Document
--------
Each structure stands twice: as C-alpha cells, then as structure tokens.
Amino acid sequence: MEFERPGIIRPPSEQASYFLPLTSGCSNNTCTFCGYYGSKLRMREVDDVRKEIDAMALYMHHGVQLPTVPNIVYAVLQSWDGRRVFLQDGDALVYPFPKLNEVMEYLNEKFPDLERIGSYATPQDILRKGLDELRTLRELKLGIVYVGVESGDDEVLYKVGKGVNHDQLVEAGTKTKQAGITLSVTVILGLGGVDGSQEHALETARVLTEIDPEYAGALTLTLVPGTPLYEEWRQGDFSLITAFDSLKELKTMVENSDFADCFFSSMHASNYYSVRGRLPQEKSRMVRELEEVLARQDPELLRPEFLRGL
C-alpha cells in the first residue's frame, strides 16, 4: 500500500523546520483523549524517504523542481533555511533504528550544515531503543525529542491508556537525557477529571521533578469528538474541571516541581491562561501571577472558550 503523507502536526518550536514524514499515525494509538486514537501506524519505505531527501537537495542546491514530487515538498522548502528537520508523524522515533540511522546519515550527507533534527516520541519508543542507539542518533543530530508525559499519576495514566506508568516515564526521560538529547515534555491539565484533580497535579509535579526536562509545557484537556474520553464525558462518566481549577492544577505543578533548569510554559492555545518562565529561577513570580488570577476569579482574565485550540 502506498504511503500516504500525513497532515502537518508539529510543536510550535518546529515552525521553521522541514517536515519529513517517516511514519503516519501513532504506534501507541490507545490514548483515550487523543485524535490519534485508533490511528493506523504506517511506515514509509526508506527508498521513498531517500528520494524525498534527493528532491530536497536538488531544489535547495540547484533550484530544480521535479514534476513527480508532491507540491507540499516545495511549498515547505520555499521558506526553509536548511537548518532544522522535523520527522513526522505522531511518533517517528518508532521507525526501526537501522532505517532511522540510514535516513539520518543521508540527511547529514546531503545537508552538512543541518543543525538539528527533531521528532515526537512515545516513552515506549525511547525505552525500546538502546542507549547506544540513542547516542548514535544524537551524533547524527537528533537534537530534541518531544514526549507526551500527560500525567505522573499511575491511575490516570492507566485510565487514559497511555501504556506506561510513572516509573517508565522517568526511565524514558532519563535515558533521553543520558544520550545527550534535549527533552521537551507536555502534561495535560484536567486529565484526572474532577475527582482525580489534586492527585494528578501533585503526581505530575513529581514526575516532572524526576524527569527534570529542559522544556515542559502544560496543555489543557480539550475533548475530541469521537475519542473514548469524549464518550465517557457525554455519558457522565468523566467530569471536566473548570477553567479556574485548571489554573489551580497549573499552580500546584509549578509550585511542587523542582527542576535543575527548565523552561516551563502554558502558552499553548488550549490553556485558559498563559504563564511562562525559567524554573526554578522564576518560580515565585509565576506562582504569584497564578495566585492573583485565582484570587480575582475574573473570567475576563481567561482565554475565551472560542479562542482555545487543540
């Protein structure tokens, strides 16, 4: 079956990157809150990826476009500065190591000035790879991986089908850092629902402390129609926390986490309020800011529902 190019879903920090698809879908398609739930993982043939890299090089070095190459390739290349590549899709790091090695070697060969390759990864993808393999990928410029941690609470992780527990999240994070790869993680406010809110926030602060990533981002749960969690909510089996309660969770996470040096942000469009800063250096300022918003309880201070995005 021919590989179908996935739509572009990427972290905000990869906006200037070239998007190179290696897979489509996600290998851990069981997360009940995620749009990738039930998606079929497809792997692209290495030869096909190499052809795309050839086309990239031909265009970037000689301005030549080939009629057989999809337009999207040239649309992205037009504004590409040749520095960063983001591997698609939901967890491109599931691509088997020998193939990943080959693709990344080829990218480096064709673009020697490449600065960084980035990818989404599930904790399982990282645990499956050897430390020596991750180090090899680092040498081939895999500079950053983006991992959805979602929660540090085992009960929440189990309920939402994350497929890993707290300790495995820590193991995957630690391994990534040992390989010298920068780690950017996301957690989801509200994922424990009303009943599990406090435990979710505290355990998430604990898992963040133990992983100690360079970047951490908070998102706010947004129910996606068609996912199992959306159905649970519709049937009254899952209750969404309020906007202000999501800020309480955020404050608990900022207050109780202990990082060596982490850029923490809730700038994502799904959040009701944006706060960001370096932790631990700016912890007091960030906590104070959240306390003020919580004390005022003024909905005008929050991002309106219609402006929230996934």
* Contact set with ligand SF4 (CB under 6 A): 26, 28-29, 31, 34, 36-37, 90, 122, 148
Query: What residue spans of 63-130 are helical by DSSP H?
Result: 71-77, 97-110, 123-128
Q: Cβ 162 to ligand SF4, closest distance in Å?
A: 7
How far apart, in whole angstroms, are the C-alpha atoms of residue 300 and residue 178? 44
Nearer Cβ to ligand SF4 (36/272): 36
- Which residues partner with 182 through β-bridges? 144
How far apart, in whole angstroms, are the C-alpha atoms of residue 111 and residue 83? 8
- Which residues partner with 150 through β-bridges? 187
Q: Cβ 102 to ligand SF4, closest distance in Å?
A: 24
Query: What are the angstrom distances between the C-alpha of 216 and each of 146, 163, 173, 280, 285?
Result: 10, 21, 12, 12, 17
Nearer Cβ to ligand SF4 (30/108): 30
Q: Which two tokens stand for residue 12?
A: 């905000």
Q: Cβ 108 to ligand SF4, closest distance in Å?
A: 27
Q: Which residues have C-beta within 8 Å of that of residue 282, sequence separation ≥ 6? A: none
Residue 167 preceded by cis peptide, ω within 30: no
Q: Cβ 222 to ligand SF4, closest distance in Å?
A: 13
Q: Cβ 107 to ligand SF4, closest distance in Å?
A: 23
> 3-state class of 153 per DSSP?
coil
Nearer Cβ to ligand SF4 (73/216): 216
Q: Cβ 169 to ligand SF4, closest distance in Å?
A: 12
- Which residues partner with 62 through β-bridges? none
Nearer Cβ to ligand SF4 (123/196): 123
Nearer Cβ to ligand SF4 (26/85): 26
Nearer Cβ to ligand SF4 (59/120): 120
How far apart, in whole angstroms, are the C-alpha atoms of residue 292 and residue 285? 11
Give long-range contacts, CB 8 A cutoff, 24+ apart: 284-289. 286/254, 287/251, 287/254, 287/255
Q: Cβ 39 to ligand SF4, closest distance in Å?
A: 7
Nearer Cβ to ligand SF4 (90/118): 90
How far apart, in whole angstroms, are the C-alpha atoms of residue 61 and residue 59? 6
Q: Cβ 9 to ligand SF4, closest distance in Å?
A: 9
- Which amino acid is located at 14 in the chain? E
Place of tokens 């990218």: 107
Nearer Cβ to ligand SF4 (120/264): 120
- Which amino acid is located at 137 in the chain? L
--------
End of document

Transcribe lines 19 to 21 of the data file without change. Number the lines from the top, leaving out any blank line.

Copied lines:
Nearer Cβ to ligand SF4 (30/108): 30
Q: Which two tokens stand for residue 12?
A: 């905000």